WASHINGTON (Reuters) - U.S. President Donald Trump on Tuesday urged China to be transparent about the origins of the novel coronavirus outbreak that has killed more than a quarter of a million people since it started in the Chinese city of Wuhan late last year.
Trump, speaking before leaving on a trip to Arizona, said the United States would release a report detailing the origins of the virus, but gave no details or timeline.
“We will be reporting very definitively over a period of time,” Trump told reporters.
While taking aim at China as the source of the outbreak and warning that it would be held to account, Trump and officials in his administration have expressed differing levels of confidence about the exact origin of the virus.
On Sunday, Secretary of State Mike Pompeo said there was “a significant amount of evidence” that it emerged from the Wuhan Institute of Virology, while not disputing U.S. intelligence agencies’ conclusion that it was not man-made.
On Tuesday, General Mark Milley, the top U.S. general, said it was still not known whether the coronavirus emerged from a wet market in China, the institute of virology or some other location - echoing remarks Pompeo made last Thursday.
Trump was asked last Thursday if he had seen evidence that gave him a “high degree of confidence” that the virus came from the Wuhan Institute of Virology, and replied that he had, although he declined to give specifics.
The Chinese state-backed institute has dismissed allegations that the virus originated there. Most experts believe the virus originated in a Wuhan market selling wildlife and jumped from animals to people.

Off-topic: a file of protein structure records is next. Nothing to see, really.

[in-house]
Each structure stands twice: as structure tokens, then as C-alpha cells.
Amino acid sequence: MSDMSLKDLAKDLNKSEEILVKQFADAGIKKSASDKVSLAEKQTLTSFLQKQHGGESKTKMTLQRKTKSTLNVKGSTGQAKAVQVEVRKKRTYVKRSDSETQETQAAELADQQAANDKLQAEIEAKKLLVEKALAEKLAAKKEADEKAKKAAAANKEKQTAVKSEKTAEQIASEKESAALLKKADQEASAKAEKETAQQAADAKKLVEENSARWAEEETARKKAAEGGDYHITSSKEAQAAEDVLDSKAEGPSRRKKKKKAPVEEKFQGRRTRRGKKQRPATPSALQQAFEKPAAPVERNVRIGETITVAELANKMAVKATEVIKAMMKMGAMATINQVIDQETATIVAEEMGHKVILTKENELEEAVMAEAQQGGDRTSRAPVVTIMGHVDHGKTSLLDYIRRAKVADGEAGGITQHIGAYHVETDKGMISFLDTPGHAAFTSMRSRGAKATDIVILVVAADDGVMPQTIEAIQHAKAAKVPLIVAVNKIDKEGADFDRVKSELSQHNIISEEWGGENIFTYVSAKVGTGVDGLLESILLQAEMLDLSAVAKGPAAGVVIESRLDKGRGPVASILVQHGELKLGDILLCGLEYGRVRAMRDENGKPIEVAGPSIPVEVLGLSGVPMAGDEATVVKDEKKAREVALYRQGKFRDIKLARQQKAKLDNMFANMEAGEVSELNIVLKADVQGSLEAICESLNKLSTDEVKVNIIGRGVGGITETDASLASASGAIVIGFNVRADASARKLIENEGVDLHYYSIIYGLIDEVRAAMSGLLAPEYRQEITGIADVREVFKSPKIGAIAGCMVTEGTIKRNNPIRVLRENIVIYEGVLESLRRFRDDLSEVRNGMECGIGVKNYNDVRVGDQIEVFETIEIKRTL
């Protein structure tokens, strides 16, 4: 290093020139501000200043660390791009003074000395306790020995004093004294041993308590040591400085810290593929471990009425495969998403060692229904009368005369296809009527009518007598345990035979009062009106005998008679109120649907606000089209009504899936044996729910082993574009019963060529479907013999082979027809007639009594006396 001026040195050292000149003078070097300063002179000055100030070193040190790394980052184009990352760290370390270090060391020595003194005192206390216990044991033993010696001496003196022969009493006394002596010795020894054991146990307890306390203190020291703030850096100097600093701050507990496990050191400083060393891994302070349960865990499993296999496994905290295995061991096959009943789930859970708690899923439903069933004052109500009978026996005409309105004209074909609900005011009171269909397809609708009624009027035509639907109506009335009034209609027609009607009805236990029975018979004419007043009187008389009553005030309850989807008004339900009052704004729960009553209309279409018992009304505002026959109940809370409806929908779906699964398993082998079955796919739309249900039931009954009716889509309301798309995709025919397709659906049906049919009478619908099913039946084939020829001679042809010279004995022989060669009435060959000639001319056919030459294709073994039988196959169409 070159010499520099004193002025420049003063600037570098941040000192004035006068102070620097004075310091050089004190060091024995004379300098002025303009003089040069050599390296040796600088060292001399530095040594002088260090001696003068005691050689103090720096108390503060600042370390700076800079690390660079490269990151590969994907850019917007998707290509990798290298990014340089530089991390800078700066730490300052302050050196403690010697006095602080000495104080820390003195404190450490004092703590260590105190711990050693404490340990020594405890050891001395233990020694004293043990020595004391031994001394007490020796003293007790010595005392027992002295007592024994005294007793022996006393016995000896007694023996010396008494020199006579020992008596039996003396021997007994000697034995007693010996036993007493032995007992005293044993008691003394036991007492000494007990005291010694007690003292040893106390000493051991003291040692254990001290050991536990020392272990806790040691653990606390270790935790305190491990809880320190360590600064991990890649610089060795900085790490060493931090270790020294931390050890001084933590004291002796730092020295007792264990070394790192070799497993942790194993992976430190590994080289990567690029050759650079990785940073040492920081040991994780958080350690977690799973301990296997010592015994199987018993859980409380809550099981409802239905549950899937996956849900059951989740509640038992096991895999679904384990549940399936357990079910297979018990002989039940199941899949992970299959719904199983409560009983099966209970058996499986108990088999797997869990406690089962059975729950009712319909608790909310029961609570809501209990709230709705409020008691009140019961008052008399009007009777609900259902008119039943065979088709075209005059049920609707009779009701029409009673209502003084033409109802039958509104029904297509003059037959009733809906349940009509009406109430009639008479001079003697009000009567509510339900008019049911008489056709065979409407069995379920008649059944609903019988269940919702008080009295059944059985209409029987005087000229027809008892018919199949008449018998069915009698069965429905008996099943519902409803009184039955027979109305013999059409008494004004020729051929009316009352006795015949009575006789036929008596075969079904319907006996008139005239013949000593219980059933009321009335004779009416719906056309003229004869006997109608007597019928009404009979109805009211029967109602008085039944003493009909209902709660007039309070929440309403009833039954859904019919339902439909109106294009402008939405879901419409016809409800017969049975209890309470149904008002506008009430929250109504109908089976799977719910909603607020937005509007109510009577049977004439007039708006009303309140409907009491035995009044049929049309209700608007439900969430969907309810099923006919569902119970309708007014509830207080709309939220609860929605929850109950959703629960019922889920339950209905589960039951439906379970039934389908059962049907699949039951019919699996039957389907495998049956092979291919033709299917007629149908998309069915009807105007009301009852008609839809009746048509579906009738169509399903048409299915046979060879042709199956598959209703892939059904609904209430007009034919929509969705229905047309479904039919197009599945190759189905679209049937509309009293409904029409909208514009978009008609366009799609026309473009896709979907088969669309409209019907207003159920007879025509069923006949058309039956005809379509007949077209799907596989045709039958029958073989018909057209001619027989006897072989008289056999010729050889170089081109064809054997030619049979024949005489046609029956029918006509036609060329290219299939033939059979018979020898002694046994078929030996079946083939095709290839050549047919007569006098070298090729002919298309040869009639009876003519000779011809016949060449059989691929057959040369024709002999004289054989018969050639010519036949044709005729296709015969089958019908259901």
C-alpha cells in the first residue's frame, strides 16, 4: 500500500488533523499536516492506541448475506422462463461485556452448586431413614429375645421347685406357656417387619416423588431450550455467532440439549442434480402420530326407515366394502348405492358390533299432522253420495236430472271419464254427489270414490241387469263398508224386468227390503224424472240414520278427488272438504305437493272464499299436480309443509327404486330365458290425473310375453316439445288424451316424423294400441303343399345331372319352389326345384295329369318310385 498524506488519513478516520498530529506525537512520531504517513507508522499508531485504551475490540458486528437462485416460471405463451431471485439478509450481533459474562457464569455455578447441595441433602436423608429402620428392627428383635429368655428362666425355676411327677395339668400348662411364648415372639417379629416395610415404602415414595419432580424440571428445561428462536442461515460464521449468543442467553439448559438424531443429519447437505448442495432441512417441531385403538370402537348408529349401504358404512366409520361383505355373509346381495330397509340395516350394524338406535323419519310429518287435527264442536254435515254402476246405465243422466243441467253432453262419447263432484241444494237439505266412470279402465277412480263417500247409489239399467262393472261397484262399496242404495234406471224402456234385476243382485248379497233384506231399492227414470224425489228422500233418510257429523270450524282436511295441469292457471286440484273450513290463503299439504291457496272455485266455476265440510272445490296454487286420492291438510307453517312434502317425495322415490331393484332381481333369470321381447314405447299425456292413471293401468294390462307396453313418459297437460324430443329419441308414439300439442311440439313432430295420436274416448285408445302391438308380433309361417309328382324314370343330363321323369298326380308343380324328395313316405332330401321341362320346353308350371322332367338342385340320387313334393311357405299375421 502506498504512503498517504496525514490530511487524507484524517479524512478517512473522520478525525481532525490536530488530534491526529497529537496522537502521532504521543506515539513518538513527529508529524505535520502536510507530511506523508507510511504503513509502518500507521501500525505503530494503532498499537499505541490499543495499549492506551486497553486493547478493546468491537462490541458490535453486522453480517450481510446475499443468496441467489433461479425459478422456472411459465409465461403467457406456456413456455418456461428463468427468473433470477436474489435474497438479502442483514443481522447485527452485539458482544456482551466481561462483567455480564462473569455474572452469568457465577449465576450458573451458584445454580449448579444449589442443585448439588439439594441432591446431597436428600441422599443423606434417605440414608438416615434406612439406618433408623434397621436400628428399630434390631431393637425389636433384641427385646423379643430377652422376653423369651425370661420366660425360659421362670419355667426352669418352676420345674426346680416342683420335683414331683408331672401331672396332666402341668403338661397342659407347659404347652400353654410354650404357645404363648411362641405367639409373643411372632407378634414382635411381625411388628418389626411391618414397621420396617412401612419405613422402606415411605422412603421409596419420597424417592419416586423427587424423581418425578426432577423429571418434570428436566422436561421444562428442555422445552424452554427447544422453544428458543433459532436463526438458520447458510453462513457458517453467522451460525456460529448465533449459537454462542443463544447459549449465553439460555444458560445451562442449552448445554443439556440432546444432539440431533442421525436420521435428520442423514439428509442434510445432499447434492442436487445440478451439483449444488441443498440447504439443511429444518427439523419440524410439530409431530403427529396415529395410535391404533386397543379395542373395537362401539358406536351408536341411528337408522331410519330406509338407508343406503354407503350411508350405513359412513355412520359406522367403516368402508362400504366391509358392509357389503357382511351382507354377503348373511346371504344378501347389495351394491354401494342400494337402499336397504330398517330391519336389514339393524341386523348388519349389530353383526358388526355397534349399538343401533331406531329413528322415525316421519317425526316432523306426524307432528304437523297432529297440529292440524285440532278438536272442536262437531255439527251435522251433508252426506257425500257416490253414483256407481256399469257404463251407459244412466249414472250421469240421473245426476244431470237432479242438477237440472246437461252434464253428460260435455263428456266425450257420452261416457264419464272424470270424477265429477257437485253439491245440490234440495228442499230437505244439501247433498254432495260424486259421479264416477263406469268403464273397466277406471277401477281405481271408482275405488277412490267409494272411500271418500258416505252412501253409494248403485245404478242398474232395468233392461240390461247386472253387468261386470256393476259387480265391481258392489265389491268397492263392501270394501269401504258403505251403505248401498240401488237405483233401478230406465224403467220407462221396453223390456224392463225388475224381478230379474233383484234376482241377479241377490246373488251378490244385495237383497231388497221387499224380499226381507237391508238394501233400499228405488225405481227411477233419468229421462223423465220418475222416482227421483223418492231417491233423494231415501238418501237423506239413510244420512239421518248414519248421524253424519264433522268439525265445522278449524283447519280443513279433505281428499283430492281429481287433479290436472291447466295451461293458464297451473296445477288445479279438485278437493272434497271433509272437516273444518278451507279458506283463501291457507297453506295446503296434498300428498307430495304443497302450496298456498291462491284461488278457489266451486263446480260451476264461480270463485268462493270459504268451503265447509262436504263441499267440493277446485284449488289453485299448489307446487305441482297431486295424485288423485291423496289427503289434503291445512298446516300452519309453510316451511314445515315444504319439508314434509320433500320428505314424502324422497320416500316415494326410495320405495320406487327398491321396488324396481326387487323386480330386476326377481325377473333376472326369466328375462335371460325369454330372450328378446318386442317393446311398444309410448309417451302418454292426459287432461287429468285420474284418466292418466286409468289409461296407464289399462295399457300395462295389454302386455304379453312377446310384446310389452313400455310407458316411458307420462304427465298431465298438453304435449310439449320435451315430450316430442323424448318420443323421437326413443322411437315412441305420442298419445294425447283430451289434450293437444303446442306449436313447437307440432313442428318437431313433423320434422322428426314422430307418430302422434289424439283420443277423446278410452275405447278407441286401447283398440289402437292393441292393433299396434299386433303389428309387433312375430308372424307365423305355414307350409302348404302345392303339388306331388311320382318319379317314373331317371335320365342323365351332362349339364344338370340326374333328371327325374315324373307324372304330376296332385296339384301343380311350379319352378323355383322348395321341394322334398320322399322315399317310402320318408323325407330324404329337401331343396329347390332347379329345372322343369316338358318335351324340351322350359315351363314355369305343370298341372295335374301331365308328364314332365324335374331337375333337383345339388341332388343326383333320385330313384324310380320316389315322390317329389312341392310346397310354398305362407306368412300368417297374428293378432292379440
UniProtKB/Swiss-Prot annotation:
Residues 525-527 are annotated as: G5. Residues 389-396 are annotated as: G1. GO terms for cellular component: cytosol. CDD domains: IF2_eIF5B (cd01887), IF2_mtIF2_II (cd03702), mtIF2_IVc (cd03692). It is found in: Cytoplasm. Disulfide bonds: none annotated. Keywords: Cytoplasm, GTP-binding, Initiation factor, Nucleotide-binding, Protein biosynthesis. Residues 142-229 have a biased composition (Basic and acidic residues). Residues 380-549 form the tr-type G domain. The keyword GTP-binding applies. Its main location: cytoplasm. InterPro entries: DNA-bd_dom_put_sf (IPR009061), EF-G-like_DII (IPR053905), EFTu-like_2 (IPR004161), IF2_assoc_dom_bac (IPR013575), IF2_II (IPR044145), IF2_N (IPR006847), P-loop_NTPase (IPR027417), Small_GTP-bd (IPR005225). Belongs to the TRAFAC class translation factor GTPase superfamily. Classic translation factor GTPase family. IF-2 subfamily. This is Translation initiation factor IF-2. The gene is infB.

Trump, who initially praised China over its response to the outbreak, said he had not spoken to Chinese President Xi Jinping.
“We want them to be transparent. We want to find out what happened so it never happens again,” he said.
The Republican president, who is seeking re-election in November, has been accused of not acting early enough to curb the spread of the virus in the United States. He has said China should have warned the world much sooner.
Anthony Fauci, director of the U.S. National Institute of Allergy and Infectious Diseases and a member of the White House Coronavirus Task Force, told National Geographic in an interview published on Monday the best evidence showed the virus was not made in a lab in China but appeared to have “evolved in nature and then jumped species.”
Asked if scientists could have found the virus outside the lab and brought it there, from where it escaped, Fauci said: “But that means it was in the wild to begin with. That’s why I don’t get what they’re talking about [and] why I don’t spend a lot of time going in on this circular argument.”
U.S. Health Secretary Alex Azar was asked on Fox News about differences between Pompeo’s and Fauci’s remarks.
“I don’t think there’s a distinction between them. Of course, Secretary Pompeo has access to information that Dr. Fauci may not have, so there’s not necessarily a difference of opinion there,” he said on Tuesday.
The World Health Organization called the comments Pompeo made on Sunday “speculative.” Trump has halted U.S. funding to the WHO and accused of it being “China-centric.”
Reporting by Steve Holland, Tim Ahmann, David Brunnstrom, Lisa Lambert and Phil Stewart; writing by Susan Heavey, Editing by Franklin Paul, Jonathan Oatis and Sonya Hepinstall